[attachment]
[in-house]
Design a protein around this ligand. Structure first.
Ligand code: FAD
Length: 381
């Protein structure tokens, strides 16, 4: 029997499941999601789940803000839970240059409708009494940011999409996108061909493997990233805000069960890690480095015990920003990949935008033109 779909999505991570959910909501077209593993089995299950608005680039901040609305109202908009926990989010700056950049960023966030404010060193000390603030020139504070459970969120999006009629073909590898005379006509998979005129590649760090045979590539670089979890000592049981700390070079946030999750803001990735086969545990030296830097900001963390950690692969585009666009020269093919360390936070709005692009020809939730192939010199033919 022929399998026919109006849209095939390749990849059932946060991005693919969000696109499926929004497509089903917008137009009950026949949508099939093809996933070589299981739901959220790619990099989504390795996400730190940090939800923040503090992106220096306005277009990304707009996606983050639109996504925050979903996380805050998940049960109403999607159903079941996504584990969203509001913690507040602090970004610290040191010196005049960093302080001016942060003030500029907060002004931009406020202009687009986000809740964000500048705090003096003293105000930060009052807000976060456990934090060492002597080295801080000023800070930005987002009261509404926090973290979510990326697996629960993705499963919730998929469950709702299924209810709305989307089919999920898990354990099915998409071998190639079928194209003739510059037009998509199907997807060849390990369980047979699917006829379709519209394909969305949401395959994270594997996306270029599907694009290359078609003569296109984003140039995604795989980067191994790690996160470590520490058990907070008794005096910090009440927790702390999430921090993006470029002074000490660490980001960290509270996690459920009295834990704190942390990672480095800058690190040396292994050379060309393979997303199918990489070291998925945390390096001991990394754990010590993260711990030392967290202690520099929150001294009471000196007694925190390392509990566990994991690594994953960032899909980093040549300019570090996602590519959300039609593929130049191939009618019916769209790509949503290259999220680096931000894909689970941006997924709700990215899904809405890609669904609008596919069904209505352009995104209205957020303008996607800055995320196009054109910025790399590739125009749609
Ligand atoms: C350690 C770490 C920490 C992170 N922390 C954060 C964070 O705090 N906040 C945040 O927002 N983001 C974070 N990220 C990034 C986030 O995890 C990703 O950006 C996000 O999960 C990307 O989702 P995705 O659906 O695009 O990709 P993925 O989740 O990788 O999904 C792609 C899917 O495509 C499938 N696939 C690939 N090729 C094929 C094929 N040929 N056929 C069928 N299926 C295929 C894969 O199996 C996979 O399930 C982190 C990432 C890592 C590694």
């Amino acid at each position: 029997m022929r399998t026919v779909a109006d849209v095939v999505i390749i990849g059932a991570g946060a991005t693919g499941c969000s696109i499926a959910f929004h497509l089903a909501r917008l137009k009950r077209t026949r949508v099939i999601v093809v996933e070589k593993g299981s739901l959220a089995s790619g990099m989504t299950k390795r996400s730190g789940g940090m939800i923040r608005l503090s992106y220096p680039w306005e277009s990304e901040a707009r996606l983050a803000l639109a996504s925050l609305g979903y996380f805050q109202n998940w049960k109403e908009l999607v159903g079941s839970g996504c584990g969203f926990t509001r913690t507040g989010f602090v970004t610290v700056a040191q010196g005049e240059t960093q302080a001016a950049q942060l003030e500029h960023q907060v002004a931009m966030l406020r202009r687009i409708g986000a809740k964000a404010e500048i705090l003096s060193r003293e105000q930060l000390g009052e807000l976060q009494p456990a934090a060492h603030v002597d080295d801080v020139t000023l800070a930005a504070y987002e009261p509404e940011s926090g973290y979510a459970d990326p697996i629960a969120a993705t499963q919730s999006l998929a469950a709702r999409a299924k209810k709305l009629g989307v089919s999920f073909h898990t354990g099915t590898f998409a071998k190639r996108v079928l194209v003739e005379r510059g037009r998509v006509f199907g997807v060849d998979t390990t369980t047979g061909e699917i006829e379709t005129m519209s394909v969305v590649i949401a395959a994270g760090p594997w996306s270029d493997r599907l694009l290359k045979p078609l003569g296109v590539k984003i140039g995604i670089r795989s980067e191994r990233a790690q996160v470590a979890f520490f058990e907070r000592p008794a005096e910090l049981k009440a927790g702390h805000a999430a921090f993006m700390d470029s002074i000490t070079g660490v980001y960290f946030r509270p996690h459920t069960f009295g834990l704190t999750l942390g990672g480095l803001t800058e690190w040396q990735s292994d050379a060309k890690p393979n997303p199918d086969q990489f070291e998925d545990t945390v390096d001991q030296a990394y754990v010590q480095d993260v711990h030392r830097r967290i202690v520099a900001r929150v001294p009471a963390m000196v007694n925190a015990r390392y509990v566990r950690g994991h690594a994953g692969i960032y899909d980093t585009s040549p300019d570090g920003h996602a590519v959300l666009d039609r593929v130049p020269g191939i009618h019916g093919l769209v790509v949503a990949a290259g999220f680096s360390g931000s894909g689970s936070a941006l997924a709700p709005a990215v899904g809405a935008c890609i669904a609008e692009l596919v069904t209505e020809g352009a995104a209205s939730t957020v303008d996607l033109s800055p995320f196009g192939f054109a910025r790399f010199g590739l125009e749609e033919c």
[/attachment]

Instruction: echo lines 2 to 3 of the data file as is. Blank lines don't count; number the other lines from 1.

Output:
Design a protein around this ligand. Structure first.
Ligand code: FAD